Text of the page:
Lewis Hamilton, Mercedes, Monza, 2020

“Why such a harsh penalty?”: Hamilton’s mid-race conversation with Monza stewards revealed

2020 F1 season

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A steward involved in the decision to issue Lewis Hamilton a penalty which cost him victory in last year’s Italian Grand Prix has described how the world champion visited them in person during the race to query the call.

A mid-race stoppage due to a crash gave Hamilton the opportunity to ask Garry Connelly and his fellow stewards why he had been given a 10-second stop-and-go penalty – one of the toughest sanctions an F1 driver can receive. It was issued after Hamilton failed to observe signs indicating the pit lane entrance was closed during a Safety Car period, and came in to change tyres.

“Lewis Hamilton drove into the pit lane when the pit entry was closed,” Connelly explained during a session at the FIA International Stewards Programme last weekend. “The warning light panels – two of them on the entrance to the pit lane – clearly displayed the cross to show the pit lane was closed, then we referenced the appropriate regulation.”

F1’s rules specify a 10-second stop-and-go penalty must be issued to any driver who enters a closed pit lane. Connelly said the stewards therefore “had no choice” over Hamilton’s penalty.

Analysis: Mercedes warned Hamilton not to come into the pits four seconds too late
“This is something that most of us don’t like. We don’t like mandatory penalties. Almost all the chairmen of the FIA stewards in F1 and most of the other stewards in F1 disagree with mandatory penalties. But they are there, mainly at the request of the teams.”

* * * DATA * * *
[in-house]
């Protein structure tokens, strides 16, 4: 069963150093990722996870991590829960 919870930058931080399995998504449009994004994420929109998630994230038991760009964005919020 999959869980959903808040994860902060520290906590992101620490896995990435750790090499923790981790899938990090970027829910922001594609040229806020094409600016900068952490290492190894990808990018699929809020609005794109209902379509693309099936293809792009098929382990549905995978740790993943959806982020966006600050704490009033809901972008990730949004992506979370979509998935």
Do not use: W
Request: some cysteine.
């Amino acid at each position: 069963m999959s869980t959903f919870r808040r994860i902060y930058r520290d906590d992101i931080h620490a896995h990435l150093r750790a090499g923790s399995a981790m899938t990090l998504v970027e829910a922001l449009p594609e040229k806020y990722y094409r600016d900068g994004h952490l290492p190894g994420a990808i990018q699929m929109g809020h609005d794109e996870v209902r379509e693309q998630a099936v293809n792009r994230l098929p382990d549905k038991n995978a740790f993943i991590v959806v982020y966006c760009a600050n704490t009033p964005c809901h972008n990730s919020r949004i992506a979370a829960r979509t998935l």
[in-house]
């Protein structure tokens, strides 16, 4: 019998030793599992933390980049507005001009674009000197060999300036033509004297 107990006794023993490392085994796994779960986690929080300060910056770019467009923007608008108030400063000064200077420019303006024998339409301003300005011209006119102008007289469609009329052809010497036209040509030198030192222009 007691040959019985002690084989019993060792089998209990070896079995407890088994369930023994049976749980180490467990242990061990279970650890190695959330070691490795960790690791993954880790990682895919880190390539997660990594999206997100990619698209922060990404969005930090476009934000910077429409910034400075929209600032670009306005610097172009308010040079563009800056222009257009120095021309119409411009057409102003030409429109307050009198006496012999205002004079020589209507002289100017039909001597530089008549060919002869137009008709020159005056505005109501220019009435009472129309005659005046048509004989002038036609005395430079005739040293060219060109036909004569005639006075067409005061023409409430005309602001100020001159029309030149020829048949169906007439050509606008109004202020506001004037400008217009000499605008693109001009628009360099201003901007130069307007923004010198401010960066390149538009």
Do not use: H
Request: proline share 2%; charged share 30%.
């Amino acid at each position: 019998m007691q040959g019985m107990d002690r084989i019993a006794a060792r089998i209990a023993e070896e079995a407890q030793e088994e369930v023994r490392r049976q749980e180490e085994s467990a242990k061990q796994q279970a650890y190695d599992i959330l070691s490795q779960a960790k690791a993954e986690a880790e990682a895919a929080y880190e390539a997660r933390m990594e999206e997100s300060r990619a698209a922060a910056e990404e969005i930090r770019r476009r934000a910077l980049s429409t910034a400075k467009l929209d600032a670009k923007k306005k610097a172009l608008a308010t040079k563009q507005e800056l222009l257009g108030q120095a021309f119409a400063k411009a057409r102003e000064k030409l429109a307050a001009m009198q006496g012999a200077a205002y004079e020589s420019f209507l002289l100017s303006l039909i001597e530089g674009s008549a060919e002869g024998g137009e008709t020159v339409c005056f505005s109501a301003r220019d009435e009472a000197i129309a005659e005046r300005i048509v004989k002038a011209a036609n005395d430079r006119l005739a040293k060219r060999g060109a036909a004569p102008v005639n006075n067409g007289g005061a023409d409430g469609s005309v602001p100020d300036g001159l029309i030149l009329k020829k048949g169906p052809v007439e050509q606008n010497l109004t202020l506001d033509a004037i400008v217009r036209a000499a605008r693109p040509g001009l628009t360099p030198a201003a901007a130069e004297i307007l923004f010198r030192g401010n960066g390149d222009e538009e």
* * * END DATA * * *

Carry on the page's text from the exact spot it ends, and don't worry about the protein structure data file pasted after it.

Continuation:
The decision had major consequences for the race. “This required a stop-and-go penalty for Lewis Hamilton. The world champion – potentially – was leading the race at the time [and] went, basically, to the back of the field. That was a very interesting situation.”

The race was later suspended after Charles Leclerc crashed heavily at Parabolica. To Connelly’s surprise, Hamilton appeared in the stewards room shortly afterwards.

“Lewis hopped on his scooter during the stoppage of the race, scooted down the pit lane, and came up and paid us a visit in the stewards room. Wearing his mask, which was great – we all put our masks on when he came into our stewards’ room.

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“Lewis was extremely polite. He just said, ‘Guys, can you tell me why I’ve been penalised?’ And we said, ‘Yes, because you entered the pit lane when it was closed.’ He said, ‘Can you show me?’

Hamilton’s penalty cost him a likely win
“So we said, ‘Of course’. And we showed him the video replay. We showed him from his onboard camera. And there right in front of him was the warning light for the first panel, and then again, the second panel.